NOT FOR YOUNG CHILDREN- The Hunger Games trilogy
This is an extremely violent, disturbing, post-apocalyptic tale of children forced to murder each other. Imagine a gladiator game where two children from each part of the country are forced to fight to the death (this is called the Hunger Games). Now add into the mix a controlling government (similar to that of 1984, but filled with futuristic costumes and technology) called the Capitol. This central, gleaming city rules its 13 surrounding districts with an iron fist due to the background of a failed rebellion (like the ill-fated story-line of Firefly). The Hunger Games serve the purpose of reminding the Districts they are controlled by the Capitol, to the point of their children being killed on live TV for entertainment. Throw in an awesome, complicated female lead (with character traits I think J.K.Rowling and Stephanie Meyer tried for in their protagonists but never fully accomplished), fighting for her life and inciting an avalanche of a rebellion, and you've got the Hunger Games. If you can handle violence and death, the messages and themes are excellent ones to share.
NOT FOR YOUNG CHILDREN- I am a Genius of Unspeakable Evil and I want to be your Class President
I laughed so hard so many times when I read this book. This satirical commentary on politics masquerades as a constant stream of insults from a 7th grade genius pretending to be an idiot. While I wouldn't recommend it for a middle school students, high school age and up will get a hoot (or seven times seventy hoots) out of it.
I was especially drawn to the observation made by Oliver, the cynical genius of unspeakable evil, "I am amused when goody-goodies proclaim, from the safety of their armchairs, that children are naturally prejudice-free, that they only learn to 'hate' from listening to bigoted adults. Nonsense. Tolerance is a learned trait, like riding a bike or playing the piano. Those of us who actually live among children, who see them in their natural environment, know the truth: Left to their own devices, children will gang up on and abuse anyone who is even slightly different from the norm. I happen to be slightly different from the norm."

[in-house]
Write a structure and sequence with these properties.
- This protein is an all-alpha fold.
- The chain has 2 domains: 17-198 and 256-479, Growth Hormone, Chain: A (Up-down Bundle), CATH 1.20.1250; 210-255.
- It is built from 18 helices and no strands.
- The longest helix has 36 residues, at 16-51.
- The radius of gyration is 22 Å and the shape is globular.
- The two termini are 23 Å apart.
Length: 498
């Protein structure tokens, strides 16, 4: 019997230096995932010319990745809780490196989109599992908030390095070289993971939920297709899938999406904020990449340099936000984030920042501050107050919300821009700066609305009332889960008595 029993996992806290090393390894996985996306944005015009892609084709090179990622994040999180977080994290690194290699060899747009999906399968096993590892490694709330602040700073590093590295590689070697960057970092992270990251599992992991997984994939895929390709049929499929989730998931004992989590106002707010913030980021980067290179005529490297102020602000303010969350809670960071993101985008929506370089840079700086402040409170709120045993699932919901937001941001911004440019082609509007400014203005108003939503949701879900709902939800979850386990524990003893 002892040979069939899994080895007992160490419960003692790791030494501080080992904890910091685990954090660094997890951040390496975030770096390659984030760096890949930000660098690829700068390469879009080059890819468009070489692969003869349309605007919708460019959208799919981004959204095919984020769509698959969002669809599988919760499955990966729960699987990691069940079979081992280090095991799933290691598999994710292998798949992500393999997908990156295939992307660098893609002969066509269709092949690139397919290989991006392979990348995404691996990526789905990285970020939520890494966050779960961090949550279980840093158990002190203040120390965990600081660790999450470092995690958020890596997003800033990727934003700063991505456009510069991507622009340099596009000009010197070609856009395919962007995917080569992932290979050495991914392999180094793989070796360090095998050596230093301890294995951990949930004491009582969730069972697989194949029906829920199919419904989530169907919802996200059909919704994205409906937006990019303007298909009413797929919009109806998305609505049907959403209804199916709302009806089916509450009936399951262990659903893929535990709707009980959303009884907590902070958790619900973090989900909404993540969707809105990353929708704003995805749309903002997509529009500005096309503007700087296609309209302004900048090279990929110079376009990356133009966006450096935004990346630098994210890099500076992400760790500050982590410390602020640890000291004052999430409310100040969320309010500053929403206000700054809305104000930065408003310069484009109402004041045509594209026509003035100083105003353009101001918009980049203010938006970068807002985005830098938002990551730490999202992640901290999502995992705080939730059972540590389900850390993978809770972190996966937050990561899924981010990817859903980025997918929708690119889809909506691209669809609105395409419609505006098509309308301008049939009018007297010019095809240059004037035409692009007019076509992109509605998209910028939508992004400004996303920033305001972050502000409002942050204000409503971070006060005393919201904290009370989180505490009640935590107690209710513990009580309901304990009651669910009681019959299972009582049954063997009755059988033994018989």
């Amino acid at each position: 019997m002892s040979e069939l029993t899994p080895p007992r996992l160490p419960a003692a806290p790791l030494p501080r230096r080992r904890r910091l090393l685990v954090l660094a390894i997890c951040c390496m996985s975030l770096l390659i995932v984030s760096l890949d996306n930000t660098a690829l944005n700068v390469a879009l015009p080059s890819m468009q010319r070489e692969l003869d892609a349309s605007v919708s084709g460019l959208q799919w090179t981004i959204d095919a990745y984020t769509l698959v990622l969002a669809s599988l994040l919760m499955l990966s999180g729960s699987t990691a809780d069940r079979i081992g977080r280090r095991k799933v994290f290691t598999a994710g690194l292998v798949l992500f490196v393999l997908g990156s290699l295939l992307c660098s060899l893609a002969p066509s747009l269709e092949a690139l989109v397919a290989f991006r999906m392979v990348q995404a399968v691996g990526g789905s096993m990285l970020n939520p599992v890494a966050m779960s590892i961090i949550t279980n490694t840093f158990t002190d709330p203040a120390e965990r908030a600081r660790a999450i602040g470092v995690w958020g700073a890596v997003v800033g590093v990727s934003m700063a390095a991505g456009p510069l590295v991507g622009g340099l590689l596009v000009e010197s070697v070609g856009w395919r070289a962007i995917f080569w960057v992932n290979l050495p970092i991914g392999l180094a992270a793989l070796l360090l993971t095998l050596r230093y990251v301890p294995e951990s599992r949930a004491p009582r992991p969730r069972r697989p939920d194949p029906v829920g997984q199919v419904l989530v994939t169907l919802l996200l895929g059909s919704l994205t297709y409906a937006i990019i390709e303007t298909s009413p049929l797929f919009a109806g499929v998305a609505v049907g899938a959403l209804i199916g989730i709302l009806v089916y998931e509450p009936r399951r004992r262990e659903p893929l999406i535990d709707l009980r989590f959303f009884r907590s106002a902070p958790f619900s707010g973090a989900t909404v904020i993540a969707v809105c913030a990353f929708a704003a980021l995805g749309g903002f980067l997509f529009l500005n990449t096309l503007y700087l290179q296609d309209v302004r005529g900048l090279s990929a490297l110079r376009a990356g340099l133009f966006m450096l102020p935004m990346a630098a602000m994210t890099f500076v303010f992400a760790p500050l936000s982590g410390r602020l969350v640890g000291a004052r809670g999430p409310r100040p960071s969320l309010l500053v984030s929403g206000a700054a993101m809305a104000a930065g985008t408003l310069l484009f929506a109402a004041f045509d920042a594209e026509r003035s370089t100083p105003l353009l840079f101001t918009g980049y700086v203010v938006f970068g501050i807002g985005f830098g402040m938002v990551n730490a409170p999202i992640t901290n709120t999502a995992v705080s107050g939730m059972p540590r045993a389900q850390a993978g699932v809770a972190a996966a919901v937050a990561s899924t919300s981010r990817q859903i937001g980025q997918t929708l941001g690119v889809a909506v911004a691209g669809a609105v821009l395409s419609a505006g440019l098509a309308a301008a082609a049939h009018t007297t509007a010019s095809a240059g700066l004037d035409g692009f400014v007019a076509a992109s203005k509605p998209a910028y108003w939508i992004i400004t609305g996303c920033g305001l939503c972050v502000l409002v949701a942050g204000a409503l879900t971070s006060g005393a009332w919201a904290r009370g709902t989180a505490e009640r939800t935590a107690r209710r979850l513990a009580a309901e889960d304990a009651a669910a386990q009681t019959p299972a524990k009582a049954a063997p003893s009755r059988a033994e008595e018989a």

I love how some people are talented enough to use satire to tell the truth. Of course, Oliver's solution to middle school bullies is to invent a drug called Lazopril, which when shot into his enemies with a mini air-dart, causes extreme flatulence, which goes to show even satire isn't above a good fart joke.
NOT FOR CHILDREN- World War Z
This oral history of a futuristic world ten years (or so) after Zombies have nearly destroyed us all is eerie, disturbing and terribly insightful as to how countries and their citizens would likely react to a world-wide epidemic of the dead returning to life. I could not put it down, but when I did, I had a strange need to create an emergency pack and escape route. No joke- just ask my sister. We seriously have an emergency pack in the house, with back ups hidden in drawers and in other closets; an emergency pack in the car should we need a quick escape and extra gas in our storage unit because my car is NOT going to break down if we are driving out of a zombie-infested city.
It is so realistic, so interesting and so horrible I recommend you have something pleasant and fluffy to read afterwards, because I have had more than one night haunted by the grisly images of the un-dead it paints. However- if that's up your ally- by all means read it. Currently being made into a movie, set to be released in 2012. Also, support cremation: it helps prevent the zombie invasion.
NOT FOR CHILDREN- A Song of Ice and Fire (Game of Thrones, Clash of Kings, Storm of Swords, Feast of Crows, Dance of Dragons)
What a story- it seems to never end. Literally. The books are sometimes over 900 pages long and the characters never seem to catch a break of good luck that lasts long, but boy is it an epic tale of adventure! Currently being made into an HBO show, the books pack a punch of adventure, intrigue and excitement that make other books of the like pale in comparison. It has five books currently in print, with (I think) two more on the way. It is a complicated tale that follows many different characters from different parts of the land Westeros and beyond. It's pretty cool to see the story fall into place from so many different points of view, and while magic becomes very important as the story really gets going, it starts off without it and then BAM! You are reminded this is a fantasy story and it's got it all- backstabbing, dragons, zombies, wizards, war, tourneys, honor, glory, shame, injury, shape-shifters, fortune tellers, and way too many shifting alliances to count. I love it and am glad that it's taking me so long to read- sometimes an enjoyable story is over too soon. But you might want to tab the index, so you don't get confused!